By guest blogger Nicole Steele Wooldridge
I always used to find it challenging to live out the value of simplicity in a contemporary Western context. Now, as a mom, I find it nearly impossible.
I am blessed to be the mother of a twenty-month-old daughter and another little girl due in two months. I desperately want them to grow up in a home that honors and reflects the values of Jesus — values which I believe are oftentimes in direct conflict with the images of traditional domestic success in this country. And yet, as a mom who is entirely in love with and predictably devoted to her children, I struggle to disregard the pressures and compulsions of the mommy/baby industry. I want to live simply, but I also want to provide my daughters with “the best…” (insert noun here: nutrition, cognitive development-enhancing toys, opportunities in life, etc.).
From the moment I found out that I was pregnant with my first daughter, I was overwhelmed by the sheer quantity of stuff associated with having a baby. Merely setting foot in Babies“R”Us made my head spin: playpens, bouncers, bottles, strollers, electric swings, toys, books, CDs, DVDs –how much of this stuff did my baby actually need? Having lived among babies in Africa and Latin America, my assumption was “not much.”
For the first few months of my daughter’s life, my husband and I were immensely proud of the fact that we didn’t own a crib. Initially, we made use of a thrift store bassinet, and when our baby outgrew that, we simply put her on blankets on the floor. “See,” we thought with satisfaction, “people who fill their homes with baby stuff just aren’t trying hard enough to live simply.” But then she started rolling. Virtually overnight, I went from spurning the entire concept of a crib to declining a free crib because it didn’t adhere to current safety regulations (even though I knew four children had happily slept in it throughout infancy). I wonder: would Jesus consider that to be conscientious parenting or lamentable wastefulness? I may feel a sense of righteous indignation at the ways in which our consumerist culture preys upon a mother’s desire to provide the best for her children, but I can hardly deny that we are easy prey!
Even without being goaded by marketers, my own weaknesses cause me to fall short of the ideals of “Simple Living.” Before my daughter’s birth, I was delighted to receive a homemade diaper wipe kit — a kit I only ended up using once. When she began eating solids, I planned to prepare all of her baby food from fresh ingredients — but laziness, in the form of many store-bought jars of pureed concoctions, prevailed. And, most scandalously, I confess that I never did figure out cloth diapering. Our monthly delivery of disposable diapers (“environmentally-friendly” though they may be) always triggers a fair amount of hand-wringing guilt in me.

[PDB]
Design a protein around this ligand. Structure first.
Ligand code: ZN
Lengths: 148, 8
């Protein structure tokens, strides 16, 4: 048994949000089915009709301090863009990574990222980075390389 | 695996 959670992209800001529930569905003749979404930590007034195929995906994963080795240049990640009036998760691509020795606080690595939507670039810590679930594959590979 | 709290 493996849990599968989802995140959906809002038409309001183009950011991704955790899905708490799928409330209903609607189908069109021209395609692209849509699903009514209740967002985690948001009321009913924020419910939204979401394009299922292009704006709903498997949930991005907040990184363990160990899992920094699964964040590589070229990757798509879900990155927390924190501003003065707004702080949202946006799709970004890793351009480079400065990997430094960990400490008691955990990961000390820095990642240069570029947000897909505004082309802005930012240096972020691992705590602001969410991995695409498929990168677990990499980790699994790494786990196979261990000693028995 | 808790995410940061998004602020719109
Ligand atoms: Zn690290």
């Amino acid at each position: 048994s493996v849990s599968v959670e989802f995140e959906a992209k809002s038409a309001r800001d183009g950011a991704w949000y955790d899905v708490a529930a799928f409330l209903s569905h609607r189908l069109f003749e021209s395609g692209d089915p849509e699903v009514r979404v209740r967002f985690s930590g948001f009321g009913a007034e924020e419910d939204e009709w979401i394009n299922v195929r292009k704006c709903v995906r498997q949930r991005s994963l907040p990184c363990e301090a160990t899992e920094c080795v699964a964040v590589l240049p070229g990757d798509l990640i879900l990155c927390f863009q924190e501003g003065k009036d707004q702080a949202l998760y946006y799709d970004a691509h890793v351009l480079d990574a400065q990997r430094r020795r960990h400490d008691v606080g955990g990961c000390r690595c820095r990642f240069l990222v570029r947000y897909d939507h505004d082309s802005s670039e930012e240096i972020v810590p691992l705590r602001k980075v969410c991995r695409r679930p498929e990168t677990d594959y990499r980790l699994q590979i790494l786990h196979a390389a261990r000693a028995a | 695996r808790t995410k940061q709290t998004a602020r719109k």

As my daughter grows older and we anticipate the birth of our second child, the issues surrounding Simple Living and parenthood grow ever more complex. My husband and I frequently remind ourselves that we want to live our lives and raise our children in a way that would only make sense in light of the Gospel. But what does that mean? Given our limited finances, how do we balance our commitment to charitable giving with our commitment to our children? Right now, those questions arise when we consider whether or not to spend extra money on organic food or a better stroller, but I know that tougher decisions loom ahead. Do we pay for music lessons? Do we enroll our kids in private school? Do we travel abroad with them? For me, it all boils down to a basic conundrum: How much is justifiable in the name of providing for our children, especially when one of the things we’re trying to provide is the value of Simple Living?
If you know the answer to that question, please tell me! I suspect, though, that this is one of those opaque moral areas requiring perpetual personal discernment. I’ve discovered that the terrain of parenting changes abruptly and dramatically with each new stage of my daughter’s development. I must constantly re-adjust the lens through which I view my vocation as a mom in order to stay focused on what is most essential to me: giving glory to God through this gift of motherhood.
Daily, in matters both trivial and profound, I fail to do so. But I take comfort in the words of Scripture: “For we do not have a high priest who is unable to empathize with our weaknesses, but we have one who has been tempted in every way, just as we are—yet he did not sin. Let us then approach God’s throne of grace with boldness, so that we may receive mercy and find grace to help us in our time of need.” (Hebrews 4:15-16)
“Approach God’s throne of grace with boldness.” I take this message to heart. A certain sense of boldness is necessary for me to approach the Eucharistic table each week, laden as I am with a disposable-diaper-clad toddler and the weight of so many daily failures! Yet the God of mercy and grace invites me to come and be nourished… and so I do, confident that the only way I will ever achieve authentic simplicity is with and in the One who simply loves.
This week’s guest blogger, Nicole Steele Wooldridge, has been a friend of Sister Julia’s since they were neighbors (in body and spirit) in Chicago, Ill. She now lives in the Pacific Northwest with her husband, daughter, and very pregnant belly. She spends her days chasing a toddler, working at a community college, and struggling to live out this thing called discipleship.